You know those GEICO commercials with the pig going “weeeeee wee wee weeeee!”? That’s me, minus the curly tail, and with the addition of opposable thumbs. I’m psyched that summer vacation has officially begun, even though it means not seeing my out-of-state friends for four months. Four months of stress-free relaxing before I will be barreling head first and tunnel-visioned, once again, through 6-7 classes worth of coursework per semester.
There’s a saying on campus that anyone who goes to my college essentially lives in a bubble during the semester. For the entire 3.5 months of each semester, we live, eat, and breathe our classes. There is no hanging out. There is no relaxing time. There is no sleep. Weekends are not for lounging, they’re for studying. If it’s the weekend and you’re not studying, shame on you, you should feel terribly guilty. Anything and everything you do revolves around acing your next exam. You tunnel vision until you’ve secured your A, and then you crash. That’s basically the mentality of the majority of students at our college.
Now this bubble is only ever-present during the semester, and it’s always a wonderful and satisfying experience to be able to pop the bubble and expose myself to fresh air and civilization for a few months before the bubble reforms itself yet again. I should mention that that bubble is neither transparent nor opaque; it’s more selectively translucent. Sometimes I check into civilization during the semester, most of the time I don’t.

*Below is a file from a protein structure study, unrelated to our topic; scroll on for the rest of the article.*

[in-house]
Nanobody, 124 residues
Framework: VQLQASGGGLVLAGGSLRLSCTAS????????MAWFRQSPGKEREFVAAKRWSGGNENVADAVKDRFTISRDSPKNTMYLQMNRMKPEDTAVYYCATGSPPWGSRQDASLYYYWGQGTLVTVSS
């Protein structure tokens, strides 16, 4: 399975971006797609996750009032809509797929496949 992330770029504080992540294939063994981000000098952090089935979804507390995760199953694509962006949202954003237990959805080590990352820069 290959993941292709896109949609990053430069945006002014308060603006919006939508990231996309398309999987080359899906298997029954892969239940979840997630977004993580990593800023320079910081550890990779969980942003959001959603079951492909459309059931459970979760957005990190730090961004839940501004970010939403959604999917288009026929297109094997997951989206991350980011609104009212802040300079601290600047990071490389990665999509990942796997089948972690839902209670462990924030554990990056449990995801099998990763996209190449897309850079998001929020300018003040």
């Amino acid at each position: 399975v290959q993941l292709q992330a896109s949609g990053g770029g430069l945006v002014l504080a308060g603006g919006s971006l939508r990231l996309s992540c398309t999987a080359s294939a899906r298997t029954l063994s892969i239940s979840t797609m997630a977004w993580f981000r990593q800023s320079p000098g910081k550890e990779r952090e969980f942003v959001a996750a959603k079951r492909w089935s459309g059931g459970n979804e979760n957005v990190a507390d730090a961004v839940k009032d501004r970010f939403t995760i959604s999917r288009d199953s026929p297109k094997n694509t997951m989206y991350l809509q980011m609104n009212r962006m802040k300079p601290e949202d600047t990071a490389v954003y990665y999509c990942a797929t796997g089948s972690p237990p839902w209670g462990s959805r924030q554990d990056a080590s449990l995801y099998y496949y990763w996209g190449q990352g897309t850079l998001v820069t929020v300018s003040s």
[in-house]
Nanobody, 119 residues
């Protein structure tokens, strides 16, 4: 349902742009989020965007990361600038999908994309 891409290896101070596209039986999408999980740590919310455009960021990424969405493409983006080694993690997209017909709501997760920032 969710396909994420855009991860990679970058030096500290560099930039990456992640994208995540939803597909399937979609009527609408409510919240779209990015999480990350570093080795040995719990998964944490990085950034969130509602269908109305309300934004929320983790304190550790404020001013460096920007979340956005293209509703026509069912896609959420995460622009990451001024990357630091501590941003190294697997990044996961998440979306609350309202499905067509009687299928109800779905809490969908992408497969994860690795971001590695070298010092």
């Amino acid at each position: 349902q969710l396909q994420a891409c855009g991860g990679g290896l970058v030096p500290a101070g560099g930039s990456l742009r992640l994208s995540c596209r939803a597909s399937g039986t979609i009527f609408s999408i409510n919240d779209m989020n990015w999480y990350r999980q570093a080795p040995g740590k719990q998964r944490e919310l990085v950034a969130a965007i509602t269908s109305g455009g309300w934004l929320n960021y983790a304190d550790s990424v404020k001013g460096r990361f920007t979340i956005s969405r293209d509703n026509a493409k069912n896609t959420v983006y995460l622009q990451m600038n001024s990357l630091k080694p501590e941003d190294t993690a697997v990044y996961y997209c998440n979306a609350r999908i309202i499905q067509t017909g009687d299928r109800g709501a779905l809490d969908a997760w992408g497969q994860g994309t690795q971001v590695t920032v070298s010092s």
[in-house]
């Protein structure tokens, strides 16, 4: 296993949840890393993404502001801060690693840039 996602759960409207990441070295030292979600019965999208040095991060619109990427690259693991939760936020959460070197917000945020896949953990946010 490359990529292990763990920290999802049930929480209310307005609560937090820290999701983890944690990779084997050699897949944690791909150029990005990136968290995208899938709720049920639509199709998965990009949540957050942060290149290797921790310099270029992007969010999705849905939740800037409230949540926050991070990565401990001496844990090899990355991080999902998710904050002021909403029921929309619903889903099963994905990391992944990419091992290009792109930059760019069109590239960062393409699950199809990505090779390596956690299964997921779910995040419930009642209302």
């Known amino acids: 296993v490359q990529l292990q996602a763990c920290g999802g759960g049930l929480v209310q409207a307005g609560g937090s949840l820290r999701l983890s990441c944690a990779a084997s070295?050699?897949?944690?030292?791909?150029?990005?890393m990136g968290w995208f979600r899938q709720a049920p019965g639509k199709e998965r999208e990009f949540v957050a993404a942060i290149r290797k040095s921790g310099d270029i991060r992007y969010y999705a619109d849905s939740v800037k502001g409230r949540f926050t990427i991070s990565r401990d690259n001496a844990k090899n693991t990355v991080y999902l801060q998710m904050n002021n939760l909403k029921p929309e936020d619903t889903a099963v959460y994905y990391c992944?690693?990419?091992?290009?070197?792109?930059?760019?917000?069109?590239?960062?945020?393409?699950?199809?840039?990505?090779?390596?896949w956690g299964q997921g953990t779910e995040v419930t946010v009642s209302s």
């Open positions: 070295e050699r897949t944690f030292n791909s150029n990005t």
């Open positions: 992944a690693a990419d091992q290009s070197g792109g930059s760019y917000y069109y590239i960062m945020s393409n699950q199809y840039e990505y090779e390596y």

One of my favorite things about stepping out of the bubble, believe it or not, is being able to lie in my bed at night and think. Just think. It’s only these times that I don’t have exams, deadlines, and stress hanging over my head, and it is just the most comforting feeling to be able to reflect and be at peace. It’s only during these few months that I am able to do this without being rushed by my own conscience telling me that my blackberry will be buzzing out of its holder in mere hours and that in the morning I will be regretting these hours that I am spending picking my brain instead of going to sleep.
It’s probably for this same reason that I enjoy long rides on empty trains. For a few moments I get to feel alone and at ease. I can hog two chairs for my bag and myself. Or I can sit in the middle and save a seat on the right for my bag and a seat on the left for my imaginary friend if I decide to think up one. To make the hour pass, I can read, study, listen to music, or stare at various oddities – people and objects included – on the train if they are present. It’s these little freedoms that make me the happiest. The freedom to spend my train ride home however I please, the freedom to lay in bed and think without worrying about time ticking away precious rebooting time. It’s little simplicities such as these that give me some of the greatest pleasure. To some, this is odd. To some, I too am odd. And that, is yet another one of the things in this world that gives me pleasure in knowing.